Ryan Sidhoo, creator and director of True North, a documentary about the rise of Toronto Basketball, spoke exclusively with TalkBasket.net regarding the challenging aspects of creating this film, his thoughts on basketball in Toronto and more.
How difficult was it for you to create this documentary? What were the most challenging aspects of this procedure?
“Basketball is my first love so getting out and spending time in gyms with the subjects of the film, that is fun and just second nature to me. I can spend hours upon hours around the game and never be bored.
The difficult part is when you end up with 500 hours of footage. You need to comb through all of it and bring to life the most compelling stories for the audience that runs about two hours.
Our editor Graham Withers was super valuable to have in the edit to help in that process, he helped us focus on what we felt were the most important themes and issues to explore on screen.
Then, there is the challenge of just getting the funding to actually go out and produce a film. That is the hardest part of any project. Luckily, Canada is having a moment with basketball and The National Film Board and Red Bull Media House saw value in that story that and wanted to get behind True North.”
What is your opinion about Toronto Basketball? Do you think it has been overlooked compared to other cities in Canada and the United States?
“In the first episode of the series we chart the rise of basketball in Toronto and we talk to a lot of forefathers of the game in the city. Based on what they lived, back in the 70’s and 80’s the level of talent was overlooked compared to the States.
It seems the talent was always there, but it was untapped. I feel because the internet wasn’t a thing back then, it made it harder for D1 programs to really know how much top tier talent existed in Toronto. However, if you look at the story of Toronto basketball, it was all a progression or perfect storm over time.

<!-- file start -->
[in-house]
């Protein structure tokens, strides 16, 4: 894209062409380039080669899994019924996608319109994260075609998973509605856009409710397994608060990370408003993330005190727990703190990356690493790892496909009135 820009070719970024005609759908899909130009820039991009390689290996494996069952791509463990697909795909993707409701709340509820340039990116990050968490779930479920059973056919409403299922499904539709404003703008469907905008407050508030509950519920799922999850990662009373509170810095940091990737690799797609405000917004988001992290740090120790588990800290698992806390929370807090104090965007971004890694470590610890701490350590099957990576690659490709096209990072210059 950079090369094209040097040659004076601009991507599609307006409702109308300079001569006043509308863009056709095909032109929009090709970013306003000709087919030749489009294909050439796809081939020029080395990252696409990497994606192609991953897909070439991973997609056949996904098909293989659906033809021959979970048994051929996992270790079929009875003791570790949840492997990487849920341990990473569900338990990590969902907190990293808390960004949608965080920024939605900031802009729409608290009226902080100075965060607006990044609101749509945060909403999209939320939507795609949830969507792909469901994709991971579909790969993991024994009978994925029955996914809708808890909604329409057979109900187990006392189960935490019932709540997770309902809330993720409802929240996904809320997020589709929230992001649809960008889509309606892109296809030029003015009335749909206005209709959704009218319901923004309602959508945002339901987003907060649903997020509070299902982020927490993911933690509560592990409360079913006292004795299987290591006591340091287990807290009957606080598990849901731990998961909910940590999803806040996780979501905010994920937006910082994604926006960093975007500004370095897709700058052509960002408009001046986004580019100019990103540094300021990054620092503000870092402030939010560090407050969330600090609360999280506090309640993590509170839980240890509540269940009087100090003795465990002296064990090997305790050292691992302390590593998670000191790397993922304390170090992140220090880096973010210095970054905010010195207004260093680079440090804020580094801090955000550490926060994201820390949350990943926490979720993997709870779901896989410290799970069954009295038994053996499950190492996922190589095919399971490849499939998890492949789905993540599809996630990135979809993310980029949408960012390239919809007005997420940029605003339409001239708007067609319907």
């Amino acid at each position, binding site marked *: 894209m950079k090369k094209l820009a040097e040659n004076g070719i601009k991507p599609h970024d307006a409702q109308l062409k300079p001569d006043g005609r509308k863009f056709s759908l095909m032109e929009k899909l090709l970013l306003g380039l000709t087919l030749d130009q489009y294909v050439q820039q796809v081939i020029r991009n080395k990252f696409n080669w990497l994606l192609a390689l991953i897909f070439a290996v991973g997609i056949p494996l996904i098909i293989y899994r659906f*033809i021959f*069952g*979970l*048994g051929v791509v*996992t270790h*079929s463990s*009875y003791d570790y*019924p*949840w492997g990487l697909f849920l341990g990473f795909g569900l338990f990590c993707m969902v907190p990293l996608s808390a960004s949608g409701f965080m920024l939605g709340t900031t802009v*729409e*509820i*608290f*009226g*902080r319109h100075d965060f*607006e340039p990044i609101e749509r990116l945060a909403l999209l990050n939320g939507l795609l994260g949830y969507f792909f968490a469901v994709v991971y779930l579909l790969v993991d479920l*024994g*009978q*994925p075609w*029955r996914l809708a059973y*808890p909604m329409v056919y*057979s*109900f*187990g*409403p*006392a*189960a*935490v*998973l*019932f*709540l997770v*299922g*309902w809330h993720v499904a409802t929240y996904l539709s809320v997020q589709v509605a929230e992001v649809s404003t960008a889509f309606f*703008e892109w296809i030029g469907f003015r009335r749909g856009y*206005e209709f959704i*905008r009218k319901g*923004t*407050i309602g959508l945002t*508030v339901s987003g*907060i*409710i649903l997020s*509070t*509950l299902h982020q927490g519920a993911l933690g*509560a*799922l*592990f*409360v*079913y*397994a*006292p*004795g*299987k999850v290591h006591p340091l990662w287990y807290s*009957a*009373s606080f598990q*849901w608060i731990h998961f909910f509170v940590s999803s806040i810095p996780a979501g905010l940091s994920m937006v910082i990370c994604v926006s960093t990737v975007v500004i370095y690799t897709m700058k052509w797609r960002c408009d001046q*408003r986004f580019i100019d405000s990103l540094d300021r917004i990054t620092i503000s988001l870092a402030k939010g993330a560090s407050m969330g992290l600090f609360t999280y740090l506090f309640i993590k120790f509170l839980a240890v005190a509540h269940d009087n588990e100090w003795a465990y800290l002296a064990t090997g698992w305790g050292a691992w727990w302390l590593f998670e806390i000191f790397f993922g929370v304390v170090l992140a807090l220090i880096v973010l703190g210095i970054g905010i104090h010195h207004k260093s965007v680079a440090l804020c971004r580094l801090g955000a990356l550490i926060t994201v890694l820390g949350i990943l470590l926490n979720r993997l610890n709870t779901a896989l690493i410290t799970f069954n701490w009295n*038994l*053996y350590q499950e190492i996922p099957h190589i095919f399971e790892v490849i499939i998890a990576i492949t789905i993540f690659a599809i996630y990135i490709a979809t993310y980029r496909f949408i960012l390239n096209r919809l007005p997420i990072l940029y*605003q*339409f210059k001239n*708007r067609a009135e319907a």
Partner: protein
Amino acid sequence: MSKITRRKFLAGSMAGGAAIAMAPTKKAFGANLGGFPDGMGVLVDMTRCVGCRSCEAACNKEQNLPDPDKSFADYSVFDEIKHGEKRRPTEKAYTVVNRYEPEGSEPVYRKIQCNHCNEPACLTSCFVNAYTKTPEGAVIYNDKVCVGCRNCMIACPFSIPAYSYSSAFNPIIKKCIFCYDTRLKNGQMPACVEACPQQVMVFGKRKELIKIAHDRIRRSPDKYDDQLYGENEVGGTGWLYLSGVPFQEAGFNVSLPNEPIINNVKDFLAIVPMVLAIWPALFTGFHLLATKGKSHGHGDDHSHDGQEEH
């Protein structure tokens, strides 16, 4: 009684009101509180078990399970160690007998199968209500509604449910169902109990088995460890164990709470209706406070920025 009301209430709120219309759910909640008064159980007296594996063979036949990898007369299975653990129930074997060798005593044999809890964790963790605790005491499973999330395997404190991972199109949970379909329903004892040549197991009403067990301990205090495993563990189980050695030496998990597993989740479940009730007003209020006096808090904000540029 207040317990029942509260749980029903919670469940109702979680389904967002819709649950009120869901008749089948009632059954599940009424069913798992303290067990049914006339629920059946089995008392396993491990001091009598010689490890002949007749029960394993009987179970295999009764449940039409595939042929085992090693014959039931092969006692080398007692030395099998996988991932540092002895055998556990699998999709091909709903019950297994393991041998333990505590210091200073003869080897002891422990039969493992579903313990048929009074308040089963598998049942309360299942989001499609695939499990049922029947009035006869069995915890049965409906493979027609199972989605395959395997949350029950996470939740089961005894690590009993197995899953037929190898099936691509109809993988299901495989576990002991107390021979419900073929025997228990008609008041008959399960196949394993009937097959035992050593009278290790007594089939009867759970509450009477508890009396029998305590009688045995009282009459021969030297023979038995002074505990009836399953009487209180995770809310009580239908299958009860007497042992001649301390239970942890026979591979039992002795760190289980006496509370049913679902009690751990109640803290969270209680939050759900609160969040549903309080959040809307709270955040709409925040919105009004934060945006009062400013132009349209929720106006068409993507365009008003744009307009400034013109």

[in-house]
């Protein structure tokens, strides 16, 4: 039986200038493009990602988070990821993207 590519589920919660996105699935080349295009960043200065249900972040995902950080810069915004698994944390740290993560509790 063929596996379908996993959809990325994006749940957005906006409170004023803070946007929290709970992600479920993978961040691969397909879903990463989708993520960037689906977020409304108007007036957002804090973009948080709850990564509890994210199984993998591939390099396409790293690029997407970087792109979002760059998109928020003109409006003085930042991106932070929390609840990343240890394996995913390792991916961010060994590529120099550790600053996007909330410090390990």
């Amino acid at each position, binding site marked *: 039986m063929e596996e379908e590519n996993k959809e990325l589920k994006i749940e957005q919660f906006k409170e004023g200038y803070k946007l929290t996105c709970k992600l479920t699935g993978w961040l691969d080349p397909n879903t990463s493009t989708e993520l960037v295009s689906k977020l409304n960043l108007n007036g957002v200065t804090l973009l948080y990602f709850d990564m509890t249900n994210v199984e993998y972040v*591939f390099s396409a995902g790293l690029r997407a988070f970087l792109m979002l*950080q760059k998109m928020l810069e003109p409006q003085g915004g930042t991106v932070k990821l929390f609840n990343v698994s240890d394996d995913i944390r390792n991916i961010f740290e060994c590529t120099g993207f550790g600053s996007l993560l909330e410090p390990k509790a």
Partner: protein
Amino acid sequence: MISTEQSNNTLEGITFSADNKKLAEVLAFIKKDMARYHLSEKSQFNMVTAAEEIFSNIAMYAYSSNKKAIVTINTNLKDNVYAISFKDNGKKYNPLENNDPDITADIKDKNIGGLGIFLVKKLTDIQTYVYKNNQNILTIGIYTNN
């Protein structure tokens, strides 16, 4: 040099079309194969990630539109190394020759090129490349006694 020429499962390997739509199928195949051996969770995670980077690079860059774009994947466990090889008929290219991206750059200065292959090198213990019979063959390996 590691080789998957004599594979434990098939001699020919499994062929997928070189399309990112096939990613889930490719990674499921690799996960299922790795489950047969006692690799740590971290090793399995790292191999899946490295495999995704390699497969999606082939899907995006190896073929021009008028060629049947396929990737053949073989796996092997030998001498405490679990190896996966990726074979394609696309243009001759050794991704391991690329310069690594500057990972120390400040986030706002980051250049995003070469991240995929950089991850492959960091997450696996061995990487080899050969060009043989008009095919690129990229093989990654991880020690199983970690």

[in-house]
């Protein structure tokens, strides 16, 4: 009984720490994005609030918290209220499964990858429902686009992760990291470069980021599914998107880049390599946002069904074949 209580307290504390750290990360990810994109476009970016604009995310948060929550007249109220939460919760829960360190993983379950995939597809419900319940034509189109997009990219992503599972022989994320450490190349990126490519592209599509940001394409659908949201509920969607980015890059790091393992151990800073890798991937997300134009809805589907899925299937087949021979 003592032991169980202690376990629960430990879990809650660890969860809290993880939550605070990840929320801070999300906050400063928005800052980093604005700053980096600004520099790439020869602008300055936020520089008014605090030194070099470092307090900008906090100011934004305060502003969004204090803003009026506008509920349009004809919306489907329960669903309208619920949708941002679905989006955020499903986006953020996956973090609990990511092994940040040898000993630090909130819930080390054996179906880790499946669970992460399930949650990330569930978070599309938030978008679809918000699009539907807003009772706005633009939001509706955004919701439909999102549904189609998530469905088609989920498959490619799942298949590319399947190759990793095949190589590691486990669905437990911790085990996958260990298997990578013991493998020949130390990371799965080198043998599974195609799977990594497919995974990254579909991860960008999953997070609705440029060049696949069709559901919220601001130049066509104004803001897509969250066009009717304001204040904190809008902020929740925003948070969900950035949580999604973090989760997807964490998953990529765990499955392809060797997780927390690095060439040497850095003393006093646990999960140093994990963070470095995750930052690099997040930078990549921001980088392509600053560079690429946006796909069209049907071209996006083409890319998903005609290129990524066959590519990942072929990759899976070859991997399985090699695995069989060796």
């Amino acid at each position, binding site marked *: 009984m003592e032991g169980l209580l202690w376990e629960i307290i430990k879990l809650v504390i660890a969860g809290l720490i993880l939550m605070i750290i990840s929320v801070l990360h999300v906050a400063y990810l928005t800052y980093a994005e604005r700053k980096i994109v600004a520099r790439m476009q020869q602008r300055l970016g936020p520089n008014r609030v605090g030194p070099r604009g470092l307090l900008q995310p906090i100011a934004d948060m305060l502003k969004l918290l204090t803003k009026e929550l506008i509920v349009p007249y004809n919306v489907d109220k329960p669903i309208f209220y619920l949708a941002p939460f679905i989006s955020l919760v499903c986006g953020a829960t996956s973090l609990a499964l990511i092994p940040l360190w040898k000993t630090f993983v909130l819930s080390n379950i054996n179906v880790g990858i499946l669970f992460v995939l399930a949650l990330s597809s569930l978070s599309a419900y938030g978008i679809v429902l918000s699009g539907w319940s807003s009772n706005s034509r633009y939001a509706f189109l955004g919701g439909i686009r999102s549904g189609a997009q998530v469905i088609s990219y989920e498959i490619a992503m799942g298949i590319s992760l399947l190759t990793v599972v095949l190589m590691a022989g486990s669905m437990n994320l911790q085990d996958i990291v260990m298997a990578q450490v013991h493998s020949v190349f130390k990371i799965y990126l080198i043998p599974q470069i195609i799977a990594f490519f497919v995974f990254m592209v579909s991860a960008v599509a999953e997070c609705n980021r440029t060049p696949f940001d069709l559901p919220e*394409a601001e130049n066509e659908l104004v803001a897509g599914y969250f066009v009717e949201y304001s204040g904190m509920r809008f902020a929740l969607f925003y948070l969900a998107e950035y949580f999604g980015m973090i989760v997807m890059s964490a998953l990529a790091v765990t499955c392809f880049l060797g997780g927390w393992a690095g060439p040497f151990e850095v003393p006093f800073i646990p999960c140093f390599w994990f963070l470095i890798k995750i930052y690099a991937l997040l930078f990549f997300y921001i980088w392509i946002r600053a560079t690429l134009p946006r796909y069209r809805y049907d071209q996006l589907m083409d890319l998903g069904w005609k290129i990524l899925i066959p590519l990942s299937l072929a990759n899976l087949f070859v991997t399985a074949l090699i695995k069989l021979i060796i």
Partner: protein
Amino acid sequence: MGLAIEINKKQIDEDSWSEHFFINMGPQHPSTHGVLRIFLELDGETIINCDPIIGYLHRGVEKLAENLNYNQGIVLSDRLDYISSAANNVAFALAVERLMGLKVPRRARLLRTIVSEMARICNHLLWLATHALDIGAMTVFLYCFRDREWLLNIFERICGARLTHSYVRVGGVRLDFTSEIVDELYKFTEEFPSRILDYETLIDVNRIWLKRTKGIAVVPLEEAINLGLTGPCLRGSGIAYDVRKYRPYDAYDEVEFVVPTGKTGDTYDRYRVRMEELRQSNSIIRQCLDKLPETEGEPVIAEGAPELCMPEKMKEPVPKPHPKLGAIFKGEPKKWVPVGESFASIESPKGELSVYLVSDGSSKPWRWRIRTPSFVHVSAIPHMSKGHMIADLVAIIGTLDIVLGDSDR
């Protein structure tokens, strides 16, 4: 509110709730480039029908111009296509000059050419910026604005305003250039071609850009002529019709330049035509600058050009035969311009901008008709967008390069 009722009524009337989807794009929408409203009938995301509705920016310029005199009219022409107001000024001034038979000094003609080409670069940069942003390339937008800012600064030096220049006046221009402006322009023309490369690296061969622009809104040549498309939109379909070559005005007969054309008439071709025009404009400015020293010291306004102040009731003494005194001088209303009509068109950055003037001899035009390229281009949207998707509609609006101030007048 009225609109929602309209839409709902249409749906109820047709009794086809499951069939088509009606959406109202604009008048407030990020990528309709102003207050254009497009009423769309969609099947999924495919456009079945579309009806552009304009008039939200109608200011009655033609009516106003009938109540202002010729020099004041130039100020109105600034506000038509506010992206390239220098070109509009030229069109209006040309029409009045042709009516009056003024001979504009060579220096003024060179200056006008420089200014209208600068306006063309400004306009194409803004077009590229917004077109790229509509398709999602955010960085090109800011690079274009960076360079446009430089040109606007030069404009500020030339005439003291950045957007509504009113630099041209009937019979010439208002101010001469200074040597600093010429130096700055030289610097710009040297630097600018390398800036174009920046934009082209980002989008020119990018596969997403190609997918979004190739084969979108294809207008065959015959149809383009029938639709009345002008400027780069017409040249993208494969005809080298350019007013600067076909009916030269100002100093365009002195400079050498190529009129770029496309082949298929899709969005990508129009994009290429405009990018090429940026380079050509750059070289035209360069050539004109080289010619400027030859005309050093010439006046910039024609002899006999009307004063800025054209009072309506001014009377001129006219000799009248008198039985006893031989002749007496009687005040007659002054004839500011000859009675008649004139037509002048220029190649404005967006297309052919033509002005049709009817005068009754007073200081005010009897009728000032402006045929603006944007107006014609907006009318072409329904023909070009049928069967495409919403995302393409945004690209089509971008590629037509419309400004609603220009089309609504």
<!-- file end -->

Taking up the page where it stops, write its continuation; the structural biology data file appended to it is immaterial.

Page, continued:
There was more awareness of the talent in the 90’s with high school teams like Eastern Commerce. Having a guy like Jamaal Maglore on that team, who went off to Kentucky and became a first round pick helped raise Toronto’s profile. It just kept progressing from there: The internet boom, Coach Ro Russell’s Grassroots’ teams barnstorm AAU tournaments in the States, Vinsanity, former players returning from pro careers abroad to start more youth programs.
This lead to more kids playing and the coaching was getting better and now Toronto has progressed into being a talent hotbed. If you look at RJ Barrett’s story, he is the poster-child of this progression of basketball in Toronto.
Overall, Toronto is the leader of Canada’s basketball scene, but Montreal is producing some really amazing talent. Luguentz Dort at ASU looks like a first round pick and they have another young stud coming up named Quincy Guerrier, who will play at Syracuse next year.”
Do you think this documentary can raise people’s interest and have a positive impact on the rise of Toronto Basketball?
“I think the basketball world knows Toronto and Canada have arrived on the world stage. We have the most NBA players outside of the United States in the league, we won the FIBA U-19’s and the 2019 Draft class is loaded with Canadian talent.
What I think True North did is unravel how this happened as well as give insight into what life looks like inside this cottage industry of youth basketball up North.”
Given the fact that you had interviews with many young players, as part of the documentary, and see how they practice and play, who do you think has the potential to become a professional player either in the NBA or overseas?